Thriving in a forgotten place

Thriving in a forgotten place

For the approximately two million people who live on the island of Bhola, life is defined by hardship. With practically no medical facilities or social provision available, Bhola’s name ‘forgotten place,’ is sadly apt.

Access from Dhaka involves a lengthy journey involving cars and river crossings, but a swift flight on board MAF’s floatplane is also available.

Story by Divyan Ahimaz and photos by Bhola's Children UK

This latter option was chosen by Bruna Colombo‐Otten earlier this year when she visited Bhola’s Children – an initiative she helped found to assist the disproportionally large number of orphans and disabled children on the island.

‘I like to use MAF flights to go to Bhola because it gives me more time to stay with the children.' Bruna Colombo‐Otten

The work began in the middle of the last decade, with 240 cleft‐lip surgeries that transformed the lives of local children and also some adults. Teaching sign language to deaf and dumb students has continued to be a priority for the organisation’s workers, enabling these individuals to communicate with those around them.

Pivotal to the charity’s work is Bhola Garden – a home and school which provides both academic lessons and practical learning in areas such as farming and food preparation. Physiotherapy is also provided, and parents are encouraged to attend these sessions to better understand how to support their children.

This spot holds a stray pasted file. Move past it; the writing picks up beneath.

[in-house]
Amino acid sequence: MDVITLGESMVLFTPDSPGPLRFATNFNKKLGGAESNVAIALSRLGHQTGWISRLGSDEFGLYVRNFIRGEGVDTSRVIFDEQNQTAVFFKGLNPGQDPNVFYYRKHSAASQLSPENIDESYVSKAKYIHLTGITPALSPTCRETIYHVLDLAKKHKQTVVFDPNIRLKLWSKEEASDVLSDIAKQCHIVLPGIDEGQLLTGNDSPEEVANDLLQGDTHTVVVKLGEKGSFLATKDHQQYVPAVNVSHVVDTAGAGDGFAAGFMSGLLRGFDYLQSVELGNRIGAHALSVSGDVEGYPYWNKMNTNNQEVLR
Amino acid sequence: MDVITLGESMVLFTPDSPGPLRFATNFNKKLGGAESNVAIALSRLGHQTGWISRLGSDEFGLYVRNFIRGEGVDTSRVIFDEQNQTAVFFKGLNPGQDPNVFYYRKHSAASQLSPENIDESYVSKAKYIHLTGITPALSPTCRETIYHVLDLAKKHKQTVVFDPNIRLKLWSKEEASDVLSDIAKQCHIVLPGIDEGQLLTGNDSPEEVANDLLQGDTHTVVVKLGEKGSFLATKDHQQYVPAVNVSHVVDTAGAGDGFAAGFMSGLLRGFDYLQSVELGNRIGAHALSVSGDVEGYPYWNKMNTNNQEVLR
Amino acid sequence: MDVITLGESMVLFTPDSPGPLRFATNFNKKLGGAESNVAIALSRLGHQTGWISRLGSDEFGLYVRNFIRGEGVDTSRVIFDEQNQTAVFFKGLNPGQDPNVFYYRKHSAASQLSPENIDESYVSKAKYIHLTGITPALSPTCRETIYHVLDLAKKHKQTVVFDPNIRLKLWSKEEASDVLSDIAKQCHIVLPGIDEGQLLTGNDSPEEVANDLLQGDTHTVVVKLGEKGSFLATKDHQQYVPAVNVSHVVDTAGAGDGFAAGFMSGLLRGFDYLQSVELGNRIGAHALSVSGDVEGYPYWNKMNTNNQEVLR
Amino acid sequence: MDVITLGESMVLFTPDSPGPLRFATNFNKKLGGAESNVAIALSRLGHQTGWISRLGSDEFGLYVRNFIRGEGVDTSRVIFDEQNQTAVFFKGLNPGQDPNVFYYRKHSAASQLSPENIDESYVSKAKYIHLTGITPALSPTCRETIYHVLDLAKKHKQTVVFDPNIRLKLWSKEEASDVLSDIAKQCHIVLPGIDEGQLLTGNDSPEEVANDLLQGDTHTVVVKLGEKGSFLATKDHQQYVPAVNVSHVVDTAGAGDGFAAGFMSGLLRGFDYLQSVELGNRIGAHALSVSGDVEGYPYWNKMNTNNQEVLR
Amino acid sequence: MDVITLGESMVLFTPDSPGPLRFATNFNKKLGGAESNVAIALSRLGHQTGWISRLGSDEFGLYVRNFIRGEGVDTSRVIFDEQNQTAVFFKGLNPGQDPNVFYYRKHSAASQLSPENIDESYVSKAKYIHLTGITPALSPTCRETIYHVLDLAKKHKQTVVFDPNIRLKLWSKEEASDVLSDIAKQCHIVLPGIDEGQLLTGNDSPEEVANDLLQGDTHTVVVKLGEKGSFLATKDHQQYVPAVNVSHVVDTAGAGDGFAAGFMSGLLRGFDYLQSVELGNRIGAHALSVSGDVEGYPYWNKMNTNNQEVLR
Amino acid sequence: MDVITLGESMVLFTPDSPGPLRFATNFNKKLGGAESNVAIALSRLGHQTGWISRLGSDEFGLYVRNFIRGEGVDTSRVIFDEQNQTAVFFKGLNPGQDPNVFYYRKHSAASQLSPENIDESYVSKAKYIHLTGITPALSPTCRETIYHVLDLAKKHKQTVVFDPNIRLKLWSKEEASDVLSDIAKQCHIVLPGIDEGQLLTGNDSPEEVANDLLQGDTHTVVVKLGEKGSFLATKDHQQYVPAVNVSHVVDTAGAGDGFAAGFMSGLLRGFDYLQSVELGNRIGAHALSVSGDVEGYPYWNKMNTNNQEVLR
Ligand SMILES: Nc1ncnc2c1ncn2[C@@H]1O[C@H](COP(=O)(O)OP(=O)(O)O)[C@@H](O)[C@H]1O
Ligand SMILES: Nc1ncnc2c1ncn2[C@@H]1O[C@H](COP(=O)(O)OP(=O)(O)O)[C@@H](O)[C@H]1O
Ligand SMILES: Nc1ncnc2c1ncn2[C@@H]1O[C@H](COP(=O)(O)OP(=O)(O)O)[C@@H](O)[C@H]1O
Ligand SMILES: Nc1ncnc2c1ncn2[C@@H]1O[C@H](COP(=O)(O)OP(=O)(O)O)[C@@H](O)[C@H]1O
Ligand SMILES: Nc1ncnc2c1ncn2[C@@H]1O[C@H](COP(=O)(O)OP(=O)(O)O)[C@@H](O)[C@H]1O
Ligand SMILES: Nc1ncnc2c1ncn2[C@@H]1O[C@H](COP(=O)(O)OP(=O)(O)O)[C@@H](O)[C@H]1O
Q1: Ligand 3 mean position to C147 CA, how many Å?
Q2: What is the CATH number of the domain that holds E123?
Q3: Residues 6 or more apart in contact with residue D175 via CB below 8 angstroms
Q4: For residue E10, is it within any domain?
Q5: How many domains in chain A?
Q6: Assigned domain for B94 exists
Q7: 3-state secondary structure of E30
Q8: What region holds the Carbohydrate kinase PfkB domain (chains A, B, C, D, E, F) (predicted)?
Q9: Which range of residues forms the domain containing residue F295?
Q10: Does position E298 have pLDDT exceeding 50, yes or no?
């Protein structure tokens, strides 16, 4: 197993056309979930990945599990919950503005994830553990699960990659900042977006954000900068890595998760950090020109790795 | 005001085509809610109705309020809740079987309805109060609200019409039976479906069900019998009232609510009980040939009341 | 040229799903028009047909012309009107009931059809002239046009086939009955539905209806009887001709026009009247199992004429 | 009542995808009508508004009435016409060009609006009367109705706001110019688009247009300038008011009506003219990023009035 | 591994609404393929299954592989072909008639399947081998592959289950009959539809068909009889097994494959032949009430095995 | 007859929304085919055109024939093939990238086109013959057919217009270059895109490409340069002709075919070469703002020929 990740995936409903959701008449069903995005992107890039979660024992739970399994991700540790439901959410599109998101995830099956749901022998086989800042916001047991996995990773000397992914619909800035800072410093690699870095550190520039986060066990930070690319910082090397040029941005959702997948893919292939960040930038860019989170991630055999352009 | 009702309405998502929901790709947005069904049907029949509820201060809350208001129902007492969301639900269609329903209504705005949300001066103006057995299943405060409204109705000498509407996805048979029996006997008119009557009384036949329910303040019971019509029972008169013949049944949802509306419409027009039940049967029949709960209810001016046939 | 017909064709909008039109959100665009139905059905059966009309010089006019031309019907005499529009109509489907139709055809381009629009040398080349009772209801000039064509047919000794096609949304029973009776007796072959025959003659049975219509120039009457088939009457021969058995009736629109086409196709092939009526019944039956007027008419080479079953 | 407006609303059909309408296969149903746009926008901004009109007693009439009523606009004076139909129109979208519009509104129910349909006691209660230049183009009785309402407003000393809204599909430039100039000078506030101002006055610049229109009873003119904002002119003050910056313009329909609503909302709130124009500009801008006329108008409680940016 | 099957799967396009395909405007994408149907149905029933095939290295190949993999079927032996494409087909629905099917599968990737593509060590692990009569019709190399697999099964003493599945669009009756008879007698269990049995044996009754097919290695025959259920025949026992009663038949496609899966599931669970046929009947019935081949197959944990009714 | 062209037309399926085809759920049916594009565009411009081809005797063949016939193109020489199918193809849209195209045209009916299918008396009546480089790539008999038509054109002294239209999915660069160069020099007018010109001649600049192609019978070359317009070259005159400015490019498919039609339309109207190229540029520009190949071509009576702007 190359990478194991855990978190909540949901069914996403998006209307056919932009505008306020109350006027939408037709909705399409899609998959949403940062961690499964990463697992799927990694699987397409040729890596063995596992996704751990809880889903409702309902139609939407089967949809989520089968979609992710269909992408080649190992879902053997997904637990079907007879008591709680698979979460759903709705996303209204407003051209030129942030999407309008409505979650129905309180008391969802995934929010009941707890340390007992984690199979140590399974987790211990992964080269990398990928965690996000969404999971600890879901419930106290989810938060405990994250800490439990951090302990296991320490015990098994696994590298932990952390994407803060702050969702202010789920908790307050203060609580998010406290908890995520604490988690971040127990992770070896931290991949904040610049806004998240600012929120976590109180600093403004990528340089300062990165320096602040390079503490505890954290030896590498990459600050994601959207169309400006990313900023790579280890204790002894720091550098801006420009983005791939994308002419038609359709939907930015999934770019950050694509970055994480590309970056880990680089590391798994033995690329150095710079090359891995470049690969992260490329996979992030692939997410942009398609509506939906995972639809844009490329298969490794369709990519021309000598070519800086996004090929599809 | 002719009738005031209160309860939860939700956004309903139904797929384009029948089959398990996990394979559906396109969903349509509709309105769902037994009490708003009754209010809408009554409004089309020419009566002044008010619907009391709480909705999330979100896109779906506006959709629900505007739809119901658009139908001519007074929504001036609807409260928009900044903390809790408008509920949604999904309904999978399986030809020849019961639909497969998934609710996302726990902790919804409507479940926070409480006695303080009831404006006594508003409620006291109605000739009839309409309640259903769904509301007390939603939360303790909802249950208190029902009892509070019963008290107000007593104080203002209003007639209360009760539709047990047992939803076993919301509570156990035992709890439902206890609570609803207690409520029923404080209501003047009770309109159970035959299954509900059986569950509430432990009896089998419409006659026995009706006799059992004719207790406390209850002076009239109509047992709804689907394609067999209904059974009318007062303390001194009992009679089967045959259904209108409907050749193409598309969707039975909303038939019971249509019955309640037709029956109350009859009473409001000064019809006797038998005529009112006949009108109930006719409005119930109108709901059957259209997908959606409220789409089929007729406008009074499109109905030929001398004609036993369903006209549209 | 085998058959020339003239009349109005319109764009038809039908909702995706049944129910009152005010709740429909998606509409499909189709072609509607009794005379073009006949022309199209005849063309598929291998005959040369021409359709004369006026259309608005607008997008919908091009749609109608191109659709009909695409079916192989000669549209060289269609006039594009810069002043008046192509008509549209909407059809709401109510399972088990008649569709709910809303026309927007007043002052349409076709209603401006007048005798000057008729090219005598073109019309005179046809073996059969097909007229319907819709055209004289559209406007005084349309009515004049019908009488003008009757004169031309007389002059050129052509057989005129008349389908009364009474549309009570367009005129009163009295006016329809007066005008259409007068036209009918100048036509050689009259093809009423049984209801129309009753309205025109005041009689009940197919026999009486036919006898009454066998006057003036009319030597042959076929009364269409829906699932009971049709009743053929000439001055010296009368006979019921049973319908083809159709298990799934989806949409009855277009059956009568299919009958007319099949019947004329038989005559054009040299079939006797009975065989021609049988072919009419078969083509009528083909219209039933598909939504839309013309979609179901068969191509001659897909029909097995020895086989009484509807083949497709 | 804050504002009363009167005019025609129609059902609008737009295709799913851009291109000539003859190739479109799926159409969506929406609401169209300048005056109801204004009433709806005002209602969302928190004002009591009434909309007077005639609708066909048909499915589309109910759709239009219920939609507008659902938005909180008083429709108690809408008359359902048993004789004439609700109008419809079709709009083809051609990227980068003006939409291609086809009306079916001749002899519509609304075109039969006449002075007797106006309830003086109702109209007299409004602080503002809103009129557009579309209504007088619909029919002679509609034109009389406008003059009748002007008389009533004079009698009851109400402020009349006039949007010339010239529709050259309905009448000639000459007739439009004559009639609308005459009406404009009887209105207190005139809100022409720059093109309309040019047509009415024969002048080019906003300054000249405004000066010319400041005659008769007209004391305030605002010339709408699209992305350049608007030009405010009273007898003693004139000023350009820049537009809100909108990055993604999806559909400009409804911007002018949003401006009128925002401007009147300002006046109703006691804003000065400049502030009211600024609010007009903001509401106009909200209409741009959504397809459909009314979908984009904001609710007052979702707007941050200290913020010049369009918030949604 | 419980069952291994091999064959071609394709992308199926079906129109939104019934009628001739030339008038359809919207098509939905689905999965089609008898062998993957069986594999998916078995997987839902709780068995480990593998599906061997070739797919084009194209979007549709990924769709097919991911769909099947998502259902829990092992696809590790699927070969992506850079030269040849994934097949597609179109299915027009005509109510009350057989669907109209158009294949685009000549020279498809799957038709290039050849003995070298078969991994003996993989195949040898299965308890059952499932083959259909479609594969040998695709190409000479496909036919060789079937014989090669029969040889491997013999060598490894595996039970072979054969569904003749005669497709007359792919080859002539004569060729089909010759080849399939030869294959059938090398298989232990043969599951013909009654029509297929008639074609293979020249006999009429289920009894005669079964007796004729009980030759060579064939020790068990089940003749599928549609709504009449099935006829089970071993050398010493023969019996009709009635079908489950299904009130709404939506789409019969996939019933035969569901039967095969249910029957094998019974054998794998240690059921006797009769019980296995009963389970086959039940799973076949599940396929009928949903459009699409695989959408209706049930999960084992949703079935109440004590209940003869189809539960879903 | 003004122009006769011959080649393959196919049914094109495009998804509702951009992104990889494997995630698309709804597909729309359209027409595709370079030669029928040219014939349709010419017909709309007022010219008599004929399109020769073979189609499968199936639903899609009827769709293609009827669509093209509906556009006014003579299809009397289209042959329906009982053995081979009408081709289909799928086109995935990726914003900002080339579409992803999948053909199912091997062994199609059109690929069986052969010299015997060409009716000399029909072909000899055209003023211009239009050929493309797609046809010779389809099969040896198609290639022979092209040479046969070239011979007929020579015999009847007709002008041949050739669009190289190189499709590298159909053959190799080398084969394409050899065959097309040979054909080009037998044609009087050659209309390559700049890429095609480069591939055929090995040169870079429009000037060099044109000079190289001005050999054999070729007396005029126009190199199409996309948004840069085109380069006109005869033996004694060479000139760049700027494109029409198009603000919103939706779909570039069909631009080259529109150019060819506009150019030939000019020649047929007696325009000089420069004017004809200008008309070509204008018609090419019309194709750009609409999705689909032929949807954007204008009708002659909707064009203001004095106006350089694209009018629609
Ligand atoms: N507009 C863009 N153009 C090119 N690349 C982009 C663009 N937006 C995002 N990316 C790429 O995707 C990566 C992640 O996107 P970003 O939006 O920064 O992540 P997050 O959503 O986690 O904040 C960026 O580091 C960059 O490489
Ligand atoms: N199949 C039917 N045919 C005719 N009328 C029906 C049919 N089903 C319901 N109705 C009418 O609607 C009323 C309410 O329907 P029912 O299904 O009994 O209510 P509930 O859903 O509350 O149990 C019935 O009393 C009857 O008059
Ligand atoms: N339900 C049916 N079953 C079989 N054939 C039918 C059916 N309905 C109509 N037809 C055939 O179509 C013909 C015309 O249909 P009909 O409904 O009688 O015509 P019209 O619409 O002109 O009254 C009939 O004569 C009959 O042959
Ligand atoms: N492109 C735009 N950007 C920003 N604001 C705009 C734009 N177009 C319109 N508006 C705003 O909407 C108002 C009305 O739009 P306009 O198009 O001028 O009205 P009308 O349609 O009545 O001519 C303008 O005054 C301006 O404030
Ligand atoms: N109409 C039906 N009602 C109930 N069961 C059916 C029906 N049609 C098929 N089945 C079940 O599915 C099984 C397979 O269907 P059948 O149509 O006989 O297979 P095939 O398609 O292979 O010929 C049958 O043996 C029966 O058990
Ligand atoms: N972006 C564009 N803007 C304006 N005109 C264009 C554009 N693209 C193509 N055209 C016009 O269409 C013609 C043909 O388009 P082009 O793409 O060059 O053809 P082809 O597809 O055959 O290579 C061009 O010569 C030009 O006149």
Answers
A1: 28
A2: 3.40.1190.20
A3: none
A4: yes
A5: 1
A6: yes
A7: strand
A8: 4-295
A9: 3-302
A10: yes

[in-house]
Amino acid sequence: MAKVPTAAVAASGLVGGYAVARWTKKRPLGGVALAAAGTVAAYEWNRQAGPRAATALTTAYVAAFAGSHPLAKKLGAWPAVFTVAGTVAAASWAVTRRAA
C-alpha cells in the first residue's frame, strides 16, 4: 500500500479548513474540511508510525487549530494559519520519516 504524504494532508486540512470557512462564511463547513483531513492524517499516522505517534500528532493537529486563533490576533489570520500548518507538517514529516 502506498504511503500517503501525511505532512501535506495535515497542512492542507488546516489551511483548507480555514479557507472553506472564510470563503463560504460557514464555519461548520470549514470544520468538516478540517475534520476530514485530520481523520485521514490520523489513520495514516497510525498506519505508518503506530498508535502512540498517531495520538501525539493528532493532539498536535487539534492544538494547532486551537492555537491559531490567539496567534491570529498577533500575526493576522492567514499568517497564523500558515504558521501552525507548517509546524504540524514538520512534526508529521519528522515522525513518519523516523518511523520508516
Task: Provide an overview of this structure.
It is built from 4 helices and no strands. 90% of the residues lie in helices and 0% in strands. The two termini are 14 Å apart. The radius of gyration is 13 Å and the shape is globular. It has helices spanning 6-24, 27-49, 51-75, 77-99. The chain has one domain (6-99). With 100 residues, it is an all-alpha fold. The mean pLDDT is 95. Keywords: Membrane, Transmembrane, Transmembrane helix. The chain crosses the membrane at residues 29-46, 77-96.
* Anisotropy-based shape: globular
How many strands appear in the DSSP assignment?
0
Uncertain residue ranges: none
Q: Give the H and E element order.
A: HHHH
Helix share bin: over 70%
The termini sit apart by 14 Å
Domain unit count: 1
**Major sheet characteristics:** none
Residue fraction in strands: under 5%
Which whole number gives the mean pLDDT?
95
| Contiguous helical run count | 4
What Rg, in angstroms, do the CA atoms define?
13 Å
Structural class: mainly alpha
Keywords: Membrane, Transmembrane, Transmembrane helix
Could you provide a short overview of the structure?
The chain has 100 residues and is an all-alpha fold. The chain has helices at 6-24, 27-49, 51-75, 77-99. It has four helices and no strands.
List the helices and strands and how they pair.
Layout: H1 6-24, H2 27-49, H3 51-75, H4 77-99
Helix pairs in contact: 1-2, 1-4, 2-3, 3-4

Learning to overcome

The younger students are taught in a classroom, with the aim of helping them sufficiently overcome enough of the barriers they face to enter a mainstream school within three years. If this goal becomes unrealistic, individuals are then given training in specific vocations, and work towards achieving a certified standard.

‘We train the boys in wood and metalwork, and the girls in sartorial work and cooking,’ Bruna explains. ‘Our new director Zakirul Haque is encouraging the youngsters to learn a trade to make them more independent; it is already very successful, and we were talking of possibilities to further this self‐reliability.’

More time for children

MAF’s support of this vital project dates back many years and, having not been able to travel for several years due to personal reasons, this trip enabled Bruna to witness the impact Zakirul is already making. ‘I like and prefer to use MAF flights to go to Bhola because it gives me more time to stay with the children. I also organised for Zakirul to use MAF to reach Dhaka when his mother was ill, and this gave them more time to be together than if he had taken the overnight ferry,’ she adds.

Andrew Hogan, one of the trustees of Bhola’s Children, is appreciative of the services provided by the amphibious aircraft too. ‘I took the MAF flight from Bhola to Dhaka in January with a colleague,’ he begins. ‘I found it to be an excellent service: friendly, fast, efficient and safe. It also allowed me the privilege of seeing some incredible, beautiful scenery as we crossed the Bangladeshi countryside. I would warmly recommend the service to others and will certainly be using it again myself.’

‘I took the MAF flight from Bhola to Dhaka... I found it an excellent service: friendly, fast, efficient and safe. It also allowed me the privilege of seeing some incredible, beautiful scenery as we crossed the Bangladeshi countryside.' Andrew Hogan